CNNum was established in April last year and plays an advisory role with the French government, under the supervision of the French Minister of the digital economy. CNNum is consulted by the government on any legislation that may impact the country's digital economy.
In a statement addressed to Sarkozy, the committee has requested to be consulted in regard to the drafting of any legislation criminalizing Internet activity. It emphasized the fact that fighting against any form of cybercrime must be reconciled with the principles of freedom of expression and communication.
There is no question how difficult it would be to enforce a law of this kind, as it raises serious questions relating to monitoring and potential 'online profiling'.
As TNW's Anna Heim wrote, "...how do you tell a journalist or a PhD student from a wannabe suicide bomber? The answer is: You can't."
CNNum's statement, translated by Reporters without Borders, outlined the pitfalls of attempting to implement any sort of legislation:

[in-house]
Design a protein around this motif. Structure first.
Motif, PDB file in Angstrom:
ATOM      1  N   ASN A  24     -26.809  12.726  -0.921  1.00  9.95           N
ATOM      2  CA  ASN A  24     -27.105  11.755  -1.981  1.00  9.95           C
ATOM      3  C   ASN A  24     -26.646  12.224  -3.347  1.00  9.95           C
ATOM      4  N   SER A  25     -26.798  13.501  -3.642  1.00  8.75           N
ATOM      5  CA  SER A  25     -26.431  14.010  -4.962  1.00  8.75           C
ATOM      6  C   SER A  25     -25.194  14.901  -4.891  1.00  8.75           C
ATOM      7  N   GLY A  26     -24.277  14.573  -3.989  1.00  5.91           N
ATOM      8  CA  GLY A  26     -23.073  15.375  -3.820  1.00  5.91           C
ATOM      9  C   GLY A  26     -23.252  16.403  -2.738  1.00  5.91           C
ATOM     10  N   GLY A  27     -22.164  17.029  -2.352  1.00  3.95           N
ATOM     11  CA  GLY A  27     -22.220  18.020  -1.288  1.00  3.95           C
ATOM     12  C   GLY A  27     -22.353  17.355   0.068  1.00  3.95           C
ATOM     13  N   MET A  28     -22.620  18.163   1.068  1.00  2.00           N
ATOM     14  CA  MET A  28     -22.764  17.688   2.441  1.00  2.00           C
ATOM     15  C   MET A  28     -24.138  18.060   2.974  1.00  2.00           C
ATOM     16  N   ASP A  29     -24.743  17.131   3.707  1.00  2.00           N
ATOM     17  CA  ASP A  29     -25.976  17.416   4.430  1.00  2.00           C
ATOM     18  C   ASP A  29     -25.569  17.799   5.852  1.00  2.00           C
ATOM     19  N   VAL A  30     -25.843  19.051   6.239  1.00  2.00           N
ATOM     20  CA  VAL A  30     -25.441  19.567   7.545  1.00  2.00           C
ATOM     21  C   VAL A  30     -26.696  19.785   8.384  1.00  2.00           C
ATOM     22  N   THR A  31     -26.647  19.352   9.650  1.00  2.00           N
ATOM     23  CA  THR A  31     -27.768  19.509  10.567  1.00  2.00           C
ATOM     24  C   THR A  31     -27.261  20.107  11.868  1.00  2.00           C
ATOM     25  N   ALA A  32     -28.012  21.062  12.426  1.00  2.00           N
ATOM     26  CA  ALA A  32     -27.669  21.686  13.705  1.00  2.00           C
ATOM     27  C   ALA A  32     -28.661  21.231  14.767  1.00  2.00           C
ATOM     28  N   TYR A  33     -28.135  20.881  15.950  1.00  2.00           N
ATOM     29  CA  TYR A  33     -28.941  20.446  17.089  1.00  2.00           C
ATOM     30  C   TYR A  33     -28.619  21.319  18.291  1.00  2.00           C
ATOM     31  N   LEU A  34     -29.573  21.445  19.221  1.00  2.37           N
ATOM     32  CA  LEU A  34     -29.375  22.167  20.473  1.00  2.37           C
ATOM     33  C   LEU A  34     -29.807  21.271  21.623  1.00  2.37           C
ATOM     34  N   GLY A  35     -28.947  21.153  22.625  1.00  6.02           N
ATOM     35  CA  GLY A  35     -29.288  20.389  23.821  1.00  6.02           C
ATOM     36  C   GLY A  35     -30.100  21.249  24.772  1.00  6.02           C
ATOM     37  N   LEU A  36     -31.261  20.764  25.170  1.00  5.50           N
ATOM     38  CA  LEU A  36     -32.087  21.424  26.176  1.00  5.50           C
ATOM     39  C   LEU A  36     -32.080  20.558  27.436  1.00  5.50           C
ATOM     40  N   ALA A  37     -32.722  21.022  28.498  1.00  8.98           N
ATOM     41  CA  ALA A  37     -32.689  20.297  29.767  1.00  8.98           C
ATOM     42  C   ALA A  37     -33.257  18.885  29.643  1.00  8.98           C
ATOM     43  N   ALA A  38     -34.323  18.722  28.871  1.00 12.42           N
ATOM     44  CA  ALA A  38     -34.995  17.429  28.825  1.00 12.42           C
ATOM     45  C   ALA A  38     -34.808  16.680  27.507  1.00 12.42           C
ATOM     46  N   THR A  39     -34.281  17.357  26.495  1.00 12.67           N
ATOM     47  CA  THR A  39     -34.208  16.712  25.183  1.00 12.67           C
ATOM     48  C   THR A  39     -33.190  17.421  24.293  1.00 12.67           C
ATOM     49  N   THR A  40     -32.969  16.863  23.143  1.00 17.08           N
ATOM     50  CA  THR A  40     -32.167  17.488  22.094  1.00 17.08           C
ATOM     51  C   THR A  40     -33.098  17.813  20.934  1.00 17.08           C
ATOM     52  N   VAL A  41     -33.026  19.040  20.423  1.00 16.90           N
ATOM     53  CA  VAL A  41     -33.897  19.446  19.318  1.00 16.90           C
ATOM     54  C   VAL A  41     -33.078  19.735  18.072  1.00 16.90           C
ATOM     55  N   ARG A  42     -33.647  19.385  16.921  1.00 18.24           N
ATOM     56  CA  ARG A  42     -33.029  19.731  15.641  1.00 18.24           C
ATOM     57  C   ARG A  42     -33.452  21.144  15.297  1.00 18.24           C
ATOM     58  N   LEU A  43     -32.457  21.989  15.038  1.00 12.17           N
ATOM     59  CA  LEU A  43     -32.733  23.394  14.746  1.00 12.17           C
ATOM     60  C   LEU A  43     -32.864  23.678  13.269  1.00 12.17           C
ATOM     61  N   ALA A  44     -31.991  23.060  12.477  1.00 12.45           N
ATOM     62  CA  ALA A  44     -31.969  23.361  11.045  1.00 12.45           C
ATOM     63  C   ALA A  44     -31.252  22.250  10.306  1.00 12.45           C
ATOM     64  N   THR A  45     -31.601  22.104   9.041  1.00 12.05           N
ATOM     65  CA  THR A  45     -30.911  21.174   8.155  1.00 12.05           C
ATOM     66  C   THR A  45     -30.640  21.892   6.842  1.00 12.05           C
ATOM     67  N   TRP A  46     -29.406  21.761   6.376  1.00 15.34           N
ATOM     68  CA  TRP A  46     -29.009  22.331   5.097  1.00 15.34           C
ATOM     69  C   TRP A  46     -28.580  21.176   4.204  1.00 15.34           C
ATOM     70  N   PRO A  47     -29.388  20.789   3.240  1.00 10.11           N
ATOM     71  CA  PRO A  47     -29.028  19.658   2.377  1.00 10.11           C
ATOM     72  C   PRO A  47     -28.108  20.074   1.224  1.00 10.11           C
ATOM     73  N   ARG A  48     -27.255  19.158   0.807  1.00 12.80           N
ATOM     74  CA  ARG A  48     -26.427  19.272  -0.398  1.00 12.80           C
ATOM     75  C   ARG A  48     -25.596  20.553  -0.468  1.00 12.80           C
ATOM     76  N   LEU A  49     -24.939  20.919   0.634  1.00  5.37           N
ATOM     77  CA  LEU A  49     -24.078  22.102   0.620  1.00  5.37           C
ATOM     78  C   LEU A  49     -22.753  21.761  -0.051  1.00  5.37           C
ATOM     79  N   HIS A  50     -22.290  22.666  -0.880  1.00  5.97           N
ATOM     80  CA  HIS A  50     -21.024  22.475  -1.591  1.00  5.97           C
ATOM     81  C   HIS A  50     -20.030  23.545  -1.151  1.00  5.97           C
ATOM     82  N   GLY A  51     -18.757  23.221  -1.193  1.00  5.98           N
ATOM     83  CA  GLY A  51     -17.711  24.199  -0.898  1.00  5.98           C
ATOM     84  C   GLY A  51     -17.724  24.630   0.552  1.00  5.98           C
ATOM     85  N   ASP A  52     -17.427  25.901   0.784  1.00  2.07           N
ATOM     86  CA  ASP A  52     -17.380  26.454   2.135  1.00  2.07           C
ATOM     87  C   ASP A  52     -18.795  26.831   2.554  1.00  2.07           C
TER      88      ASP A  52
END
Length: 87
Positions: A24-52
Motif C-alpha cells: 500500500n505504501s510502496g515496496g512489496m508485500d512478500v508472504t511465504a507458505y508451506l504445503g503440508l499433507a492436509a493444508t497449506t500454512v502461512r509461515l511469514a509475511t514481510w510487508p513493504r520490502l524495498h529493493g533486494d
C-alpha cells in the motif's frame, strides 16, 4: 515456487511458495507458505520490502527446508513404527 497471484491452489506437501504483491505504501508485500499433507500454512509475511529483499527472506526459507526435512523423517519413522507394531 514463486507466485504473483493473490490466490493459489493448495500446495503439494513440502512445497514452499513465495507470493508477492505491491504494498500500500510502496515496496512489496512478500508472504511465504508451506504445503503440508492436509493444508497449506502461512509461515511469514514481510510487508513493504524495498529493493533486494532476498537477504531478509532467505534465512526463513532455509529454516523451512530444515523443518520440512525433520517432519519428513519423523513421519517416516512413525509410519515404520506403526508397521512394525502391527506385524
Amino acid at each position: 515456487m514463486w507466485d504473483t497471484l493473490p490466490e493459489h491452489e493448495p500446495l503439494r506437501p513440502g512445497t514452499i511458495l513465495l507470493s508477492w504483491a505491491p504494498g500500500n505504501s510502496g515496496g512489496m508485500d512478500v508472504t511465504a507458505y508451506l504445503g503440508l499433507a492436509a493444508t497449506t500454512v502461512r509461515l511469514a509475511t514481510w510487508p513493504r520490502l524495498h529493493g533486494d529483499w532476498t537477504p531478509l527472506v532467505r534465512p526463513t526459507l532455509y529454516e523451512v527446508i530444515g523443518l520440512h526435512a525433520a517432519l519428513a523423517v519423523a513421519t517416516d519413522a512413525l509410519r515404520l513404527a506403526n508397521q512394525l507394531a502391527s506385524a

"Your proposal raises several questions as regards, for example, the method of identifying the person who commits this offence, existing legislation (such as the eCommerce directive) and the fact that Internet service providers are not obliged to keep a user's browsing history.This is not the first time the organization has disapproved of the government's approach to Internet-related legislation. In May last year, CNNum successfully shot down a Sarkozy-led initiative to introduce a 'Google tax' on online advertising. Sarkozy has not, however, completely let go of the prospect, with the idea once again surfacing just this month.
Furthermore, use of these sites by certain professions (such as journalists and university academics) and their ability to look at them regularly could raise legitimate difficulties when it comes to enforcing this offence."
Sarkozy's track record with Internet-related legislation is rocky at best, with the French president attempting to introduce a 'civilized Internet', much to the Internet's chagrin.
It would appear that in the case of this latest attempt by the French president, the Internet is not going to take this one lying down either. And we all saw what happened last time the Internet rallied against legislation that chipped away at its freedom.